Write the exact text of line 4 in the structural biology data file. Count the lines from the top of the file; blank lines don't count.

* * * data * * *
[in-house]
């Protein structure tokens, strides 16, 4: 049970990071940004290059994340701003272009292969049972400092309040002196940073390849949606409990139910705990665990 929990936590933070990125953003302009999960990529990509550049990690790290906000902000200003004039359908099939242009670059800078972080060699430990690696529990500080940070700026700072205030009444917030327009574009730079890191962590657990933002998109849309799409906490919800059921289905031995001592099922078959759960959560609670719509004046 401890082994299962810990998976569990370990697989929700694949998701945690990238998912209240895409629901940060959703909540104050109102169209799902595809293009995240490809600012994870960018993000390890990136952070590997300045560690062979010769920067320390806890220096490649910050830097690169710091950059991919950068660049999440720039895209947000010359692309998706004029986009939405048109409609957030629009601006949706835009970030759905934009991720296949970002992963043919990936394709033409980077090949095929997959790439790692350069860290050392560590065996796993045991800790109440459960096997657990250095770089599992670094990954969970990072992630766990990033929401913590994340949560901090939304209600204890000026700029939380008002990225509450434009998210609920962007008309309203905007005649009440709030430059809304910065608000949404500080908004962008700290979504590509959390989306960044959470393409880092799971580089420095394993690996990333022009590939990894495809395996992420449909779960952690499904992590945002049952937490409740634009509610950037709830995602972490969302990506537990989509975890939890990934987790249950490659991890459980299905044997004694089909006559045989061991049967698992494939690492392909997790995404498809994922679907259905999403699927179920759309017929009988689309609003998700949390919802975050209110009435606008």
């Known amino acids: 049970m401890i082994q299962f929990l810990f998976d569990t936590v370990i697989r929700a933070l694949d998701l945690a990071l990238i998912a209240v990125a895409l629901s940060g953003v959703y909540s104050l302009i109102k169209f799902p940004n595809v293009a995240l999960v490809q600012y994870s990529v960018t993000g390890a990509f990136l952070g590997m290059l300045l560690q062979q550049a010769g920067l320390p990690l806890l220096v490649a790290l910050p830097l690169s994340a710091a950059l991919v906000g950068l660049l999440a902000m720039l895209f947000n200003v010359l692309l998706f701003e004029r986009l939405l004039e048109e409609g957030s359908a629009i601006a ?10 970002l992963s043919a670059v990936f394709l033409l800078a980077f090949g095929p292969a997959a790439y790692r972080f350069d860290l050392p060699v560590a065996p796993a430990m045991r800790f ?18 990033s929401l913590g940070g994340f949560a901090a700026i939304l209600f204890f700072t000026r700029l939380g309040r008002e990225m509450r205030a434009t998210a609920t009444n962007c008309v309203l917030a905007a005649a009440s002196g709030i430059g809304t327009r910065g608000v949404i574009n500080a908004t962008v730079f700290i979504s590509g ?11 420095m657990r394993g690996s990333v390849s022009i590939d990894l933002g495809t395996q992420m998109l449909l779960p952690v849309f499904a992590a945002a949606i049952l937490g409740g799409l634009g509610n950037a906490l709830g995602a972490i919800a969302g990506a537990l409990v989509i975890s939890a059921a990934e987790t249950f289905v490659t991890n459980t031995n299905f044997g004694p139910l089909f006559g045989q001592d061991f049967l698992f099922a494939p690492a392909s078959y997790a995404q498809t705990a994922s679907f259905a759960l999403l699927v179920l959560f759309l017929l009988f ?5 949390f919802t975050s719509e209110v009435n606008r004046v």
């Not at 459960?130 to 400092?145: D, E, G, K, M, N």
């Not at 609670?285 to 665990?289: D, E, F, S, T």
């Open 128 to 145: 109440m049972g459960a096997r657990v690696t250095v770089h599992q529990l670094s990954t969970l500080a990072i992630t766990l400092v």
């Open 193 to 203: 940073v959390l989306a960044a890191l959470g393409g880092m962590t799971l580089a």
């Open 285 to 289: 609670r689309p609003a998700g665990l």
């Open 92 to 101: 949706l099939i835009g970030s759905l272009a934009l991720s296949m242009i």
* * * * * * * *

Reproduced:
């Not at 459960?130 to 400092?145: D, E, G, K, M, N």